Membrane potential
Resting potential
Action potential
Membrane potential
• Membrane potential ( transmembrane
potential or membrane voltage) is the
difference in electrical potential between the
interior and the exterior of a biological cell.
• Typical values of membrane potential range
from –40 mV to –100 mV.
Excitable cells
• Action potentials occur in several types of
animal cells, called excitable cells, which
include neurons, muscle cells, and endocrine
cells, as well as in some plant cells.
• Action potentials in neurons are also known as
"nerve impulses“.
• It sends the messages from our muscles to our
brains and back, as well as all the thought
processes in our brain.
• We could stimulate an excitable cell
chemically, electrically, or mechanically.
Voltage gated channels
• Action potentials are generated by special
types of voltage-gated ion channels
embedded in a cell's plasma membrane.
• Two types of channels are present:
• 1. Voltage gated Na+channels
• 2. Voltage gated K+channels
Resting membrane potential to
threshold level (-70 to -50 mv)
• 1. Opening of voltage gated Na+channels
(electrical stimulus)
• 2. Opening of mechanically gated
Na+channels (mechanical stimulus)
• 3. Opening of ligand gated Na+channels
(chemical stimulus)
Action potential
All or none principle
►Action potential will either be generated or
not…no gradations or intensities or possible
►Suprathreshold stimulus will elicit same
action potential as elicited by threshold
►Subthreshold stimulus will not elicit action
Stages of action potential
• 1. Depolarization (-50 to +40 mv)
►Opening of voltage gated Na+channels
►About 5000 fold increase in Na+permeability
►Voltage rises and crosses zero (overshoot)
Stages of action potential
• 2. Repolarization (+40 to -70)
• ►Opening of voltage gated K+channels
• ►Closure of voltage gated Na+channels
Stages of action potential
• 3. Hyperpolarization
• ►Some voltage gated K+channels remain
open even after RMP (-70 mv) is restored
• ►Potential decreased more than resting level
• ►Na+ -K+pump restores RMP from
Re-establishment of ionic gradients
• During action potential Na+& K+ionic
gradients reverse. In this condition cells
►Large amount of Na+(due to massive
►Too less amount of K+(due to massive K+
• Na+ -K+pump re-establishes ionic gradients
(recharges the nerve fiber)
Refractory period
1. Absolutely refractory period
• Period during which a 2nd action potential can not be
generated. This can be elicited:
►From start of depolarization to initial 1/3 of repolarization
►After closure, the inactivation gates do not reopen until RMP
is restored
• It is mostly of 0.4 ms in large myelinated nerve fibers.
2. Relative refractory period
• Period during which 2nd action potential can be generated
but with stronger than normally required stimulus. This can
be elicited:
►From end of initial 1/3 of repolarization to start of after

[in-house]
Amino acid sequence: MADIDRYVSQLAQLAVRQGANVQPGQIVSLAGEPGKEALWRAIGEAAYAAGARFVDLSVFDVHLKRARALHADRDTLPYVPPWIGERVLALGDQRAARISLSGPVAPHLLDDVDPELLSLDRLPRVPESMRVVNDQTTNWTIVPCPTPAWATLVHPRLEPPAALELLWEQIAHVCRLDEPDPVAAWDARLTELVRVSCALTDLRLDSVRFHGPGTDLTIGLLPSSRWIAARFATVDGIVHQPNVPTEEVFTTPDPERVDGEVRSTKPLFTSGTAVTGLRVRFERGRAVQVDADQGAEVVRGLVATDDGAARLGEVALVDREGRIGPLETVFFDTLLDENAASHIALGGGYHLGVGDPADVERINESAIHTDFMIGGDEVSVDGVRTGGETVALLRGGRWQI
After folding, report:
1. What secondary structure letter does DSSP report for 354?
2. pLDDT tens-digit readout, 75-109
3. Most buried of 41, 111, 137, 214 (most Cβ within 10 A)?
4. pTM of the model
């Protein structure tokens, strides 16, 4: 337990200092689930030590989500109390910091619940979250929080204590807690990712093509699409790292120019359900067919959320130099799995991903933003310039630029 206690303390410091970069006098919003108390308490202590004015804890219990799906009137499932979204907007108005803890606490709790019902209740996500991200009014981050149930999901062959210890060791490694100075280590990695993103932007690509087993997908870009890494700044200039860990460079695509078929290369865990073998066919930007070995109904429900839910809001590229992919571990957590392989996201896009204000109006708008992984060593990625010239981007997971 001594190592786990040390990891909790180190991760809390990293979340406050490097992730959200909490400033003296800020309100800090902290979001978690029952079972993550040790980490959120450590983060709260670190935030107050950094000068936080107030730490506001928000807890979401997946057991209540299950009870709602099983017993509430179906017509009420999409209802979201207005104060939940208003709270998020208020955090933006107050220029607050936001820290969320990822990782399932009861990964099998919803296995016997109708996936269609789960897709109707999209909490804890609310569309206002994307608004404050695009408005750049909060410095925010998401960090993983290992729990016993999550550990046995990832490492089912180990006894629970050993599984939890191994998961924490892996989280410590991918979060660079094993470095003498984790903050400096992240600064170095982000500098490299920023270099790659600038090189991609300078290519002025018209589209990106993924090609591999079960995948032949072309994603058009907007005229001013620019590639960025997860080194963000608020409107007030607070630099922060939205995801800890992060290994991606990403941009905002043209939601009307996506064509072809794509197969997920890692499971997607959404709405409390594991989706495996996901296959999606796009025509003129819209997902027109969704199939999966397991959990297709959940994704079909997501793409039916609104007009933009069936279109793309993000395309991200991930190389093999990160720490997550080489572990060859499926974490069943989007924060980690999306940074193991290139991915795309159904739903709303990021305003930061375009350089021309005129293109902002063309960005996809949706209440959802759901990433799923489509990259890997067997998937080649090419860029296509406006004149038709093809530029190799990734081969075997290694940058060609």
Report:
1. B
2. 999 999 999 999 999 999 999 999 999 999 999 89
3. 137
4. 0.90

depolarization (middle 1/3rd)
►Some voltage gated Na+channels regain their resting
• During this period K+efflux continues.
Refractory period
• limits frequency of action potentials.
►Longer the refractory period, less will be the
►Absolutely refractory period of large
myelinated nerve fiber is 0.4 ms, therefore,
frequency of action potential is 2500/second
►Determine direction of action potential
►Action potentials can not be summated
Local anesthetics
• Procaine, Tetracaine etc block voltage gated
Na+channels, thus
►No action potential occurs
►No nerve signal from periphery to brain
►No sensation of pain
Propagation (conduction) of action
• Propagates along nerve fiber as nerve signal
or nerve impulse
►Means of communication between neurons
or nerves and muscles.
► Causes muscle contraction
Conduction of nerve impulse
►Nerve impulse conduction is always
►Chemical synapses are unidirectional
►Ensure one way transmission of nerve impulse
Types of nerve fibers (based upon
• Myelinated fibers
►Covered by myelin sheath
►Large diameter fibers (A fibers) carrying touch
and pressure sensations to CNS
►Somatic motor fiber to skeletal muscle
• Unmyelinated fibers
►Not covered by myelin sheath
►Small diameter fibers (C fibers) carrying dull pain
sensation to CNS
►Postganglionic autonomic fibers
Myelin sheath
►Fatty material
►Produced by Schwann cells
►Wraps around the axon in multiple layers
►Insulates the nerve fiber
►Ionic exchange can not take place through
myelin sheath
Nodes of Ranvier
• ►Parts of myelinated nerve fiber devoid of
myelin sheath
• ►Present after every1-3 mm of myelinated
part of nerve fiber
• ►Are in contact with ECF
• ►Have abundance of voltage gated
• ►Sites of action potential generation
• The action potential generated at the axon
hillock propagates as a wave along the axon.
The currents flowing inwards at a point on the
axon during an action potential spread out
along the axon, and depolarize the adjacent
sections of its membrane. If sufficiently
strong, this depolarization provokes a similar
action potential at the neighboring membrane
Types of conduction
Contiguous conduction
►Occurs in unmyelinated fibers
►Every part of nerve fiber undergoes depolarization
►Slow speed of impulse conduction
►More energy consumption
Saltatory conduction
►In myelinated nerve fibers
►Depolarization occurs only at nodes of ranvier
►Myelinated parts do not depolarize
►Activation ‘jumps’ from node to node

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